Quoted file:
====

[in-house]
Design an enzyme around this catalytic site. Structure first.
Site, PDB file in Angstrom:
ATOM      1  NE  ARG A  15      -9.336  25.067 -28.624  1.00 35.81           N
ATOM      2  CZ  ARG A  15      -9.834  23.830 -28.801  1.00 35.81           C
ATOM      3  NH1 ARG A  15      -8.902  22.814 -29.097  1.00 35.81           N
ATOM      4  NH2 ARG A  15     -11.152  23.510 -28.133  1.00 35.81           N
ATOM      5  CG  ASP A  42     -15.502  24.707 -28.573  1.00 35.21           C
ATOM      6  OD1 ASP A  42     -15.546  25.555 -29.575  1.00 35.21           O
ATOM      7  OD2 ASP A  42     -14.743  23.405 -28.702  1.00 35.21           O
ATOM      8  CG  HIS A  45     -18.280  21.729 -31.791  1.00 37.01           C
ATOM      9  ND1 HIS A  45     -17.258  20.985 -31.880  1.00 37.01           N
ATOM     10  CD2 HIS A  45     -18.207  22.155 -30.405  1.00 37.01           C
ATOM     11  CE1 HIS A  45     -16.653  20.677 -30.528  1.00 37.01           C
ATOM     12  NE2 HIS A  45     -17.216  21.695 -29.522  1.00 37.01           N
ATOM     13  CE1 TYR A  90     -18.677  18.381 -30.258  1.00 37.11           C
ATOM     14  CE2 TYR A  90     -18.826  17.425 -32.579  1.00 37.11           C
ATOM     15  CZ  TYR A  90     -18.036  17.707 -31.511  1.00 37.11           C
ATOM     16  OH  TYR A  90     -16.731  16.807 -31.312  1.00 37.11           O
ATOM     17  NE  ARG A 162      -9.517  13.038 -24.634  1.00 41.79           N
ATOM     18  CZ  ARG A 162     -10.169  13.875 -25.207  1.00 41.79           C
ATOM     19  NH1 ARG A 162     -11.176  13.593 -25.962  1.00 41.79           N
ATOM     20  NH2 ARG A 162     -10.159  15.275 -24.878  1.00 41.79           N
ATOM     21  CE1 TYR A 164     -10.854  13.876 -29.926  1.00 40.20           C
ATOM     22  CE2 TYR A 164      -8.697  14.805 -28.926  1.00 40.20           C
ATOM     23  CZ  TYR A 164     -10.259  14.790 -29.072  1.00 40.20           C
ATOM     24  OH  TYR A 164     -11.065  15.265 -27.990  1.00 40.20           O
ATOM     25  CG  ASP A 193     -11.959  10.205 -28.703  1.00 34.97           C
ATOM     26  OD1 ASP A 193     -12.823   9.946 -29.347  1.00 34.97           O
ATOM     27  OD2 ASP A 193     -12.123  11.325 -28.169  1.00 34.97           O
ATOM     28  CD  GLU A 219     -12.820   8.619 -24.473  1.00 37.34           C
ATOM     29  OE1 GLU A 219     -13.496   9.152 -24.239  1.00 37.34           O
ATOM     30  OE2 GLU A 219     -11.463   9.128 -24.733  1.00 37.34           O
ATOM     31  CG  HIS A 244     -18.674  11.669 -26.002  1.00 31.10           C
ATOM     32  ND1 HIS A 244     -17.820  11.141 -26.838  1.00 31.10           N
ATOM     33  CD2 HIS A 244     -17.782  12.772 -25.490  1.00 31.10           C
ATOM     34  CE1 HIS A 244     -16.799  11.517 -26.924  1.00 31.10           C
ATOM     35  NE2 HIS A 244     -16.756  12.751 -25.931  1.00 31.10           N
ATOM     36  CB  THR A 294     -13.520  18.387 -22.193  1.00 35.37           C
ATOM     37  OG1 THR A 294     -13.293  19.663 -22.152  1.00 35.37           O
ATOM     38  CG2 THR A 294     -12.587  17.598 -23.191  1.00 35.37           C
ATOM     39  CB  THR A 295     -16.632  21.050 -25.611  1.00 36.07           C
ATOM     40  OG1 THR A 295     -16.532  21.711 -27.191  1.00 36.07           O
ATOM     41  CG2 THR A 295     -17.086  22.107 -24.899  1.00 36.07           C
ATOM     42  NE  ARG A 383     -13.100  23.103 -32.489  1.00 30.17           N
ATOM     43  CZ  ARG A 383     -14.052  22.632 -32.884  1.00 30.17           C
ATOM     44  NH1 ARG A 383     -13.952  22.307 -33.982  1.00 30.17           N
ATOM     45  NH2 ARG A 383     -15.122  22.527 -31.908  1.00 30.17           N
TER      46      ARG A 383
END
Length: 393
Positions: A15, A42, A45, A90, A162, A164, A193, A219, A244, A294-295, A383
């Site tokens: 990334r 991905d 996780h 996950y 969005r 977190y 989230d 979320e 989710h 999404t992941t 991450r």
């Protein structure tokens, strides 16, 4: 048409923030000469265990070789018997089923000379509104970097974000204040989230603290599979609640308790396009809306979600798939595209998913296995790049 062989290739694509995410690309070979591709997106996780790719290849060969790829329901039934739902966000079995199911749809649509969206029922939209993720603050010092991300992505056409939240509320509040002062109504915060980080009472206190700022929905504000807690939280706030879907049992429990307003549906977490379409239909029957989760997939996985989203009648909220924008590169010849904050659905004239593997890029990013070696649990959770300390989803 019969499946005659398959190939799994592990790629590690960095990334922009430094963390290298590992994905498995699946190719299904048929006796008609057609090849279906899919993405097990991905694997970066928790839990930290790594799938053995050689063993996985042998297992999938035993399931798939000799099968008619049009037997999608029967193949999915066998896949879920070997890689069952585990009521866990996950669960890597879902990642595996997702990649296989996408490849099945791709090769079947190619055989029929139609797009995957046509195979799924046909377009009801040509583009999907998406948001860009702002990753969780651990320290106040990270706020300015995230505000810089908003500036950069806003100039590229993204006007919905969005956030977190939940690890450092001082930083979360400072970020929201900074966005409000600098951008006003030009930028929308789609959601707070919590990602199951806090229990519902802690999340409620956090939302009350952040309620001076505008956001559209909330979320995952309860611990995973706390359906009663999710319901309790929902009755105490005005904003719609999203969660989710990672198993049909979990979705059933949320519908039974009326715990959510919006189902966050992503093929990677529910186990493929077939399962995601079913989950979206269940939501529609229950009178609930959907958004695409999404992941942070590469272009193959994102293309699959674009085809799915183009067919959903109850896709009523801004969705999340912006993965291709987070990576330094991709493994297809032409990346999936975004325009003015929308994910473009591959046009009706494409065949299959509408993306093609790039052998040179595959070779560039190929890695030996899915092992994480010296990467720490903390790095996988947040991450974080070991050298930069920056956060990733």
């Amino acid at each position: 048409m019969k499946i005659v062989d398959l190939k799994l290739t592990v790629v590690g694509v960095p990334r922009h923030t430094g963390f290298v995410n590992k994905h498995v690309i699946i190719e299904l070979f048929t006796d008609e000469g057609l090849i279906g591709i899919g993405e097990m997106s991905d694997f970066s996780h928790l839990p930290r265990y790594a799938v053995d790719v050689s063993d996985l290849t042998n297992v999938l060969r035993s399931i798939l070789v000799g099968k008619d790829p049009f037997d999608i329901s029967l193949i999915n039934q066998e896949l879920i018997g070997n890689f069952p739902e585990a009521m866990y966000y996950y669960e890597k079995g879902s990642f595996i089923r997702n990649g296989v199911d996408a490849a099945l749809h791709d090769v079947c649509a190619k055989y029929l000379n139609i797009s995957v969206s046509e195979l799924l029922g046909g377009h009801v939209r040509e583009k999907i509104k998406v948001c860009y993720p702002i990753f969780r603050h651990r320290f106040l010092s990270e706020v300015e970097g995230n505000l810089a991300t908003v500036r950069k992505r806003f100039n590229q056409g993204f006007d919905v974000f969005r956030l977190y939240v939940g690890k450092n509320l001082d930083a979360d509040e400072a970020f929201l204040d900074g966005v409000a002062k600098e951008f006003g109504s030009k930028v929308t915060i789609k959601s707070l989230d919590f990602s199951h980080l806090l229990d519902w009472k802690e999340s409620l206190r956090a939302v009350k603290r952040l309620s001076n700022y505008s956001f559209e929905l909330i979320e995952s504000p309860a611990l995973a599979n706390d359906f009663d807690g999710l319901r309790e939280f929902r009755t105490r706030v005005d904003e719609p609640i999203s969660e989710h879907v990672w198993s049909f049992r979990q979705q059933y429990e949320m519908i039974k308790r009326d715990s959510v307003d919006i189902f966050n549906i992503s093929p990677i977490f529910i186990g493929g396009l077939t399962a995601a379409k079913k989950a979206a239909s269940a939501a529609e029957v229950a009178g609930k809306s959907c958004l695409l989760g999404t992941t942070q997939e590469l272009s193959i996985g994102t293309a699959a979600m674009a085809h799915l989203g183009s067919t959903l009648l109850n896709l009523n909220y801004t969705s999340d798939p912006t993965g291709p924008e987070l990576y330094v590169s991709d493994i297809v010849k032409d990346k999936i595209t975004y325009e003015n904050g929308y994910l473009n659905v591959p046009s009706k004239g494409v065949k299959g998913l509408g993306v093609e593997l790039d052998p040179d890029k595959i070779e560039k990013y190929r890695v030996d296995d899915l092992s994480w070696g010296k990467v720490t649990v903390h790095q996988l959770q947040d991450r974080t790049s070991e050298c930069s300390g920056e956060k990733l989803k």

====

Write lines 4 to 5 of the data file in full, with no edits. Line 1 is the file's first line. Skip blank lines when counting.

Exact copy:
ATOM      1  NE  ARG A  15      -9.336  25.067 -28.624  1.00 35.81           N
ATOM      2  CZ  ARG A  15      -9.834  23.830 -28.801  1.00 35.81           C